by Dave Hansen –
NOTE: Due incorrect information supplied by KRIB the radio remotes from the surf featuring Bob Hale will not begin on Wednesday of this week. Instead they are scheduled to occur Thursday, Friday and Saturday, Noon to 3 p.m. each day from the Surf Ballroom.
CLEAR LAKE, IA–Bob Hale is about to get his old gig back at the radio station that effectively launched his long broadcasting career.
Okay, it’s only going to be for 4 days during the Winter Dance Party event in Clear Lake, but Hale (pictured) is as enthusiastic as ever about his return to North Iowa’s airwaves.
Most fans of the annual celebration know that Hale was the Master of Ceremonies at the Surf Ballroom on a frigid night in early February of 1959 for something billed as the Winter Dance Party Tour.
It became an infamous tour after a small plane carrying Buddy Holly, J.P. (The Big Bopper) Richardson, Ritchie Valens and pilot Roger Peterson crashed north of Clear Lake only hours after the show.
Holly had chartered the plane to avoid a long, cold bus ride to the tour’s next stop in Moorhead, Minnesota.
Hale was 25-years old at the time and isn’t totally sure if he was the first person to broadcast the news of the performers deaths, but he vividly recalls being on the air at KRIB-AM the morning after the show.
He had just read a news bulletin from Des Moines about the wreckage of a small airplane found near Clear Lake.
Then the phone rang and Surf Ballroom Manager Carroll Anderson was on the other end of the line.
Hale recalls that Anderson wanted to talk to him about the bulletin and said he had just been to the crash site.
Hale, who had not made the connection yet, wondered why. Then Anderson said “the police wanted me to identify the bodies, Buddy, Ritchie and the Bopper are dead.”
Hale recalls turning on the KRIB microphone the moment he got off the phone, knocking the needle off of the record spinning on the turntable and telling his audience what Anderson had just told him.
At the same time he reached over and grabbed Buddy Holly’s album, put it on the turntable and let it play.
Following a phone-call to UPI to relay Anderson’s information, Hale called his boss, asked for extra help and predicted it was going to be a busy day.
Indeed it was, Hale found himself doing interviews for radio stations all over the country about what he had seen and experienced the night before at the Surf Ballroom.
KRIB became an on-air wake for fans of the performers.
The station played their music exclusively all day long and in-between songs, Hale and others conducted live interviews with fans who had been at the show.
Some of them included students at nearby Waldorf College.
The reward for their candor was a suspension because the Lutheran school did not approve of dancing in those days.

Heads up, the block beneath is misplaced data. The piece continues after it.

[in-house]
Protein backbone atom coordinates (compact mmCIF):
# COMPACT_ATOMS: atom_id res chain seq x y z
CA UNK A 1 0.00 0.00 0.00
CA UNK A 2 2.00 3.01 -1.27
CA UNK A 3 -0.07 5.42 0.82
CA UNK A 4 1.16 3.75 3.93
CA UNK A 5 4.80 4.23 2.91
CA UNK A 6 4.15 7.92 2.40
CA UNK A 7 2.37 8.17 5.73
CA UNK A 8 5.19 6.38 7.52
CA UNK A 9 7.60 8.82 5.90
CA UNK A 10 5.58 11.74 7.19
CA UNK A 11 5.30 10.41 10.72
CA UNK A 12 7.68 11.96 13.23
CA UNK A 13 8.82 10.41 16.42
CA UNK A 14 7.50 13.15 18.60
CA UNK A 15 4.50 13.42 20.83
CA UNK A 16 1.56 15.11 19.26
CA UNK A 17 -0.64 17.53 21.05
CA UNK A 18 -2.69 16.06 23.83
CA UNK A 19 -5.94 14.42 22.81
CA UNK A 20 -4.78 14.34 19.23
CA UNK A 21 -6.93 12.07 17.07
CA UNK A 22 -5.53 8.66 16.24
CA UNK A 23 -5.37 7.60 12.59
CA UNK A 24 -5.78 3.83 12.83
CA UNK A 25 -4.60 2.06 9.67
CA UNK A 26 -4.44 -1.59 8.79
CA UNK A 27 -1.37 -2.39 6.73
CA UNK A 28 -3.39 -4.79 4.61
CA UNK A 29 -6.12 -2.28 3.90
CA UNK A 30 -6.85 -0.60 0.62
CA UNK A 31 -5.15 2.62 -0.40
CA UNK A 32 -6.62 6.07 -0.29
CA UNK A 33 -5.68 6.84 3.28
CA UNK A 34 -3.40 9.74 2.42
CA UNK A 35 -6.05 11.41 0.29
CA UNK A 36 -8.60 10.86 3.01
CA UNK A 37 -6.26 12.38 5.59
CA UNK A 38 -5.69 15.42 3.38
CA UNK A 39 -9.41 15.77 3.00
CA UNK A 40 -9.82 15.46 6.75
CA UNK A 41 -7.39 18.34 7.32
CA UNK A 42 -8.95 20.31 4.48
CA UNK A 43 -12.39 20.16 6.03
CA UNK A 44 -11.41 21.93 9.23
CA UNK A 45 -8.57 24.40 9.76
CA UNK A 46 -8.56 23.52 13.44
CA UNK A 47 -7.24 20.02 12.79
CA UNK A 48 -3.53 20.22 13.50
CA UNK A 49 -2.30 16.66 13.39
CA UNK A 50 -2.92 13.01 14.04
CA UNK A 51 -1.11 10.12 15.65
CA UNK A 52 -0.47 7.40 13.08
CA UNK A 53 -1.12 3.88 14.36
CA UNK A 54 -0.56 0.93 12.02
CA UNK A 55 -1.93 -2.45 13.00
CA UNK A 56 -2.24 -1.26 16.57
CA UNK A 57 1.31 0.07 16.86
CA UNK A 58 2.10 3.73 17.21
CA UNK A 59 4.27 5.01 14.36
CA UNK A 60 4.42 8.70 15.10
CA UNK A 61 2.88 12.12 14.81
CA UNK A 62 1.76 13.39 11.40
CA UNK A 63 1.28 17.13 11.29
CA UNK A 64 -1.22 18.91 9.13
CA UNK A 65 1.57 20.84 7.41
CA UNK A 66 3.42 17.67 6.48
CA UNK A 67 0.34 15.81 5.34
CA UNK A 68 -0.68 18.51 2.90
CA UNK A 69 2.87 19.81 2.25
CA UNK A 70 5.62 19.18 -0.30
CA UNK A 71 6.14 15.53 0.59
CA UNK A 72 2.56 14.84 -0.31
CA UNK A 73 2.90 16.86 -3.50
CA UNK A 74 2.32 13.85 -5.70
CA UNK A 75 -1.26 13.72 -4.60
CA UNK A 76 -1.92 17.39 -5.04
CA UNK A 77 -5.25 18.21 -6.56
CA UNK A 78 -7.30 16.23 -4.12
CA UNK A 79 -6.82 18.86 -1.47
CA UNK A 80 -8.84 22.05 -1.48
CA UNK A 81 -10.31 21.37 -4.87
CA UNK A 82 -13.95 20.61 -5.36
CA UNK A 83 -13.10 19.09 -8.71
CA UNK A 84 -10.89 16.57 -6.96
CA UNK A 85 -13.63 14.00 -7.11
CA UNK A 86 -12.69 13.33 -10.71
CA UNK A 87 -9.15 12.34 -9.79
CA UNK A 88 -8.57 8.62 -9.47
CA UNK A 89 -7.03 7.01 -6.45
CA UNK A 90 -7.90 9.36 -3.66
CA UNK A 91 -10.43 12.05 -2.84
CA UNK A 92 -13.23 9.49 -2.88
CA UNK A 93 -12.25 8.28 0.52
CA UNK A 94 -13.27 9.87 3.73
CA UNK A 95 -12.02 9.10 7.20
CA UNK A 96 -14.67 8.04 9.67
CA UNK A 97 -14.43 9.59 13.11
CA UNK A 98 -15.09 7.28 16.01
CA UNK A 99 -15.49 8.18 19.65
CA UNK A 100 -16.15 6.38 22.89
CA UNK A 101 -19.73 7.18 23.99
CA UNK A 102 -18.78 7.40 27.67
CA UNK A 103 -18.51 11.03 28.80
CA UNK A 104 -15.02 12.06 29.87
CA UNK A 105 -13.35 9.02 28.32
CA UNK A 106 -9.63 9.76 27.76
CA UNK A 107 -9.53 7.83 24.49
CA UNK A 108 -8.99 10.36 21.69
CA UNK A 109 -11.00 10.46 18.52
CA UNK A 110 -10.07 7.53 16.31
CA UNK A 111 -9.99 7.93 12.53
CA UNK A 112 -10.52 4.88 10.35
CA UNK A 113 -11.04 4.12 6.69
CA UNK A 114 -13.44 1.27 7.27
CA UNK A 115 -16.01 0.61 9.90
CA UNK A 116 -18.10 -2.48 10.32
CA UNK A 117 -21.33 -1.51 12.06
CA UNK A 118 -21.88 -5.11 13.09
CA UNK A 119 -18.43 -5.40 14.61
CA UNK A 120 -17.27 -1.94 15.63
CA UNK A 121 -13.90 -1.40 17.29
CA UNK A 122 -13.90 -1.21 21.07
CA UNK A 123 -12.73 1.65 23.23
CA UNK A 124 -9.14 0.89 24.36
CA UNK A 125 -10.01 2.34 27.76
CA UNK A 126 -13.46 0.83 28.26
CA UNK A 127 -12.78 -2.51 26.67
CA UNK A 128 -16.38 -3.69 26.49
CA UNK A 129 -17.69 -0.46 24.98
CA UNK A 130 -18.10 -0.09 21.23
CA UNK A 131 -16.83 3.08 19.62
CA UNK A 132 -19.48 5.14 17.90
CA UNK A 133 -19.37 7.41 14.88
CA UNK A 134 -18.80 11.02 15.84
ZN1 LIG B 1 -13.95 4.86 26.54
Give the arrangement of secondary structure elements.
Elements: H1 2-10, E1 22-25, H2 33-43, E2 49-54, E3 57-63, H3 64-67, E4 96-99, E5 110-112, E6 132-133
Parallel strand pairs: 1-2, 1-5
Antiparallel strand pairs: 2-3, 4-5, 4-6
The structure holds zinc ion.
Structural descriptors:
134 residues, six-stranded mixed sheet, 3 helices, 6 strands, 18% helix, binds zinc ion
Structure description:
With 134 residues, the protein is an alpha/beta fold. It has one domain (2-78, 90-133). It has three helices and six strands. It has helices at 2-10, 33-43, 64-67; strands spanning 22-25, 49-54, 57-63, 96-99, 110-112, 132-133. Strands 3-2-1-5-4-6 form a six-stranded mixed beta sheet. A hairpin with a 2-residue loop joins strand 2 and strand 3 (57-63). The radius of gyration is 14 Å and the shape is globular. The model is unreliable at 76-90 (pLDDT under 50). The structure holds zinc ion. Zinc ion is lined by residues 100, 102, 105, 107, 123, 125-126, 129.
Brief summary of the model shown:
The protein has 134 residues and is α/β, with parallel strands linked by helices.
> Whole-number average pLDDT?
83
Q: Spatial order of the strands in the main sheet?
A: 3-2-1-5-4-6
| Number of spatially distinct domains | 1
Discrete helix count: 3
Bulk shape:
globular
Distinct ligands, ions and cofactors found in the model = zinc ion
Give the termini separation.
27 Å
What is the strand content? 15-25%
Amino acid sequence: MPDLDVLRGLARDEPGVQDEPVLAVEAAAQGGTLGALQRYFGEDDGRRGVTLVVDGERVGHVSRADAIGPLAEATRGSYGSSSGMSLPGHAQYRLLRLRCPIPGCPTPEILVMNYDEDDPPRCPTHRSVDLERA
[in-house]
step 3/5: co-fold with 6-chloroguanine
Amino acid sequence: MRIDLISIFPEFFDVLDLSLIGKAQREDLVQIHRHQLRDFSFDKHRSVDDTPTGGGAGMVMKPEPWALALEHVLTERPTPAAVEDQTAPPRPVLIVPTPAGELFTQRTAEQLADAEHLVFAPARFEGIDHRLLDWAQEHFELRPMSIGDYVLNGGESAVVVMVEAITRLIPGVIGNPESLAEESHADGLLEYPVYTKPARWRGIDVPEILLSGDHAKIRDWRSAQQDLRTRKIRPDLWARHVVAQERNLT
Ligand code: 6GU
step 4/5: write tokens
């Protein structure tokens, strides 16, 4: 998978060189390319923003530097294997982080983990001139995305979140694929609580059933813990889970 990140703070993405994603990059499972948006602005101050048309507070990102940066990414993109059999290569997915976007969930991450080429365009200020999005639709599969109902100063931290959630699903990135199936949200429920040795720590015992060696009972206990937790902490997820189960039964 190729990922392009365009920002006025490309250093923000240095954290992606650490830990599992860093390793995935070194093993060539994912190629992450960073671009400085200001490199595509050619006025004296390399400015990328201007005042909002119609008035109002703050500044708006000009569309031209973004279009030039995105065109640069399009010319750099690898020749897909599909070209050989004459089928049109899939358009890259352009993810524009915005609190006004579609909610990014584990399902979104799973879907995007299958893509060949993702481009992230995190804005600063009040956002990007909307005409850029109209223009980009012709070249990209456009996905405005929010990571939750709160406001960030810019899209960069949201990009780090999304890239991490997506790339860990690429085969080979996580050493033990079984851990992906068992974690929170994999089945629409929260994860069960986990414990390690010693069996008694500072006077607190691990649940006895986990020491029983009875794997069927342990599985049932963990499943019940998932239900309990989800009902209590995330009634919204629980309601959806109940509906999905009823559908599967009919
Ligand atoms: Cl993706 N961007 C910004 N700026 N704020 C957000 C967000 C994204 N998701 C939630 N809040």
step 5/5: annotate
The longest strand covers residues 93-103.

One of the many interviews with other radio stations that Hale did that day was for a future employer in Springfield, Illinois.
It led to a gig in Peoria and then the big-time as one of “The Swinging Seven” at WLS-AM. The station billed itself as the “bright sounds of Chicago Radio” when it switched to a Top-40 format and Hale was a part of its early success.
Hale then went to WMAQ-AM and was the voice that signed on WFLD-TV.
Sports and news anchoring assignments there got the attention of WMAQ-TV and after his second day of auditioning, Hale got the job as main anchor of “Today in Chicago,” the NBC station’s morning show.
A news anchoring stint in Lexington, Kentucky kept him busy for most of the 1980’s, but Hale’s voice has rarely taken a rest and he jokes that it is years older than him.
Now it will get a workout for the Winter Dance Party 2012.
Hale originally wanted to do the broadcast from the Barrel Drive-In on Highway 18 in Clear Lake after the current owner expressed interest in having him revive a tradition from the restaurant’s early days.
It was built in the late 1950’s with a glass booth at the top, which was a studio for radio remotes.
Hale did several there for KRIB and he says the drive-in was a nightly fixture in the summertime.
But ultimately Hale said it made more sense to do the remotes from the Surf, so he plans to take over the lounge area for 4 days beginning Wednesday February 1st.
Each day through Saturday February 4, Hale will be broadcasting live on Good Time Oldies 1490 KRIB-AM, from noon 3 p.m.
Hale is promising his version of “wing-it” radio for what is being billed as the KRIB Sock Hop at the Surf.
He is preparing by downloading and listening to the top hits of the mid to late ‘50’s.
Hale is sure to play music from the era, interview performers and folks gathered to enjoy a day and an evening of music at the Winter Dance Party.
He is already using his Facebook page to ask fans to send him their musical requests, dedications and other memories in hopes he will be able to incorporate them into the broadcasts.
“It’ll be fun because the people who come to the Surf know it, they know the Surf’s role in the music and my career moved with the music. It’ll be a big fat family get-together,” said Hale.
“Hope their feet and my voice holds out and we’ll have a great time together.”